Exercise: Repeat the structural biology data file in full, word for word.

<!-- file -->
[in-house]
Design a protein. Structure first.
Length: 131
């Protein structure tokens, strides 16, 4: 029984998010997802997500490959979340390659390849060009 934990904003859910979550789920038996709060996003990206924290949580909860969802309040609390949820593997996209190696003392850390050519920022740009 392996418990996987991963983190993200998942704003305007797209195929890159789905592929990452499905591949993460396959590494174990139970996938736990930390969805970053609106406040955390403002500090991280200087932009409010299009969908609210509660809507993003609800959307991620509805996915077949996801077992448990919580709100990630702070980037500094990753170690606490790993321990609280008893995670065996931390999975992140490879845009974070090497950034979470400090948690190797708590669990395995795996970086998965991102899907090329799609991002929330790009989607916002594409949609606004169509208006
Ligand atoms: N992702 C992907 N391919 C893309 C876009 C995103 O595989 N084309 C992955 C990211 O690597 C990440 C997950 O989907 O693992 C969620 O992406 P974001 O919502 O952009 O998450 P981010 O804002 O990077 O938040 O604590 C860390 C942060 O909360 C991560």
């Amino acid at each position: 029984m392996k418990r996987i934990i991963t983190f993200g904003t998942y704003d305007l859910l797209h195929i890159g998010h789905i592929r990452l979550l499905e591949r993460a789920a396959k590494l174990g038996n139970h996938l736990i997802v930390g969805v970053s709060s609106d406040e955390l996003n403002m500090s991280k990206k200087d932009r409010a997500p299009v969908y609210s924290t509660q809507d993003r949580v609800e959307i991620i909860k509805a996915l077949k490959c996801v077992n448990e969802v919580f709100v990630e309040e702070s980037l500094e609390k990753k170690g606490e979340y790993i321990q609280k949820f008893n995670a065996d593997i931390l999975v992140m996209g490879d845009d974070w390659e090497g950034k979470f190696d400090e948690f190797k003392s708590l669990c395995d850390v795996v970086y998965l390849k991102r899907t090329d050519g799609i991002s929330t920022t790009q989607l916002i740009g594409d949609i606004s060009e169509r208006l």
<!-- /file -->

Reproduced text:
[in-house]
Design a protein. Structure first.
Length: 131
């Protein structure tokens, strides 16, 4: 029984998010997802997500490959979340390659390849060009 934990904003859910979550789920038996709060996003990206924290949580909860969802309040609390949820593997996209190696003392850390050519920022740009 392996418990996987991963983190993200998942704003305007797209195929890159789905592929990452499905591949993460396959590494174990139970996938736990930390969805970053609106406040955390403002500090991280200087932009409010299009969908609210509660809507993003609800959307991620509805996915077949996801077992448990919580709100990630702070980037500094990753170690606490790993321990609280008893995670065996931390999975992140490879845009974070090497950034979470400090948690190797708590669990395995795996970086998965991102899907090329799609991002929330790009989607916002594409949609606004169509208006
Ligand atoms: N992702 C992907 N391919 C893309 C876009 C995103 O595989 N084309 C992955 C990211 O690597 C990440 C997950 O989907 O693992 C969620 O992406 P974001 O919502 O952009 O998450 P981010 O804002 O990077 O938040 O604590 C860390 C942060 O909360 C991560």
């Amino acid at each position: 029984m392996k418990r996987i934990i991963t983190f993200g904003t998942y704003d305007l859910l797209h195929i890159g998010h789905i592929r990452l979550l499905e591949r993460a789920a396959k590494l174990g038996n139970h996938l736990i997802v930390g969805v970053s709060s609106d406040e955390l996003n403002m500090s991280k990206k200087d932009r409010a997500p299009v969908y609210s924290t509660q809507d993003r949580v609800e959307i991620i909860k509805a996915l077949k490959c996801v077992n448990e969802v919580f709100v990630e309040e702070s980037l500094e609390k990753k170690g606490e979340y790993i321990q609280k949820f008893n995670a065996d593997i931390l999975v992140m996209g490879d845009d974070w390659e090497g950034k979470f190696d400090e948690f190797k003392s708590l669990c395995d850390v795996v970086y998965l390849k991102r899907t090329d050519g799609i991002s929330t920022t790009q989607l916002i740009g594409d949609i606004s060009e169509r208006l």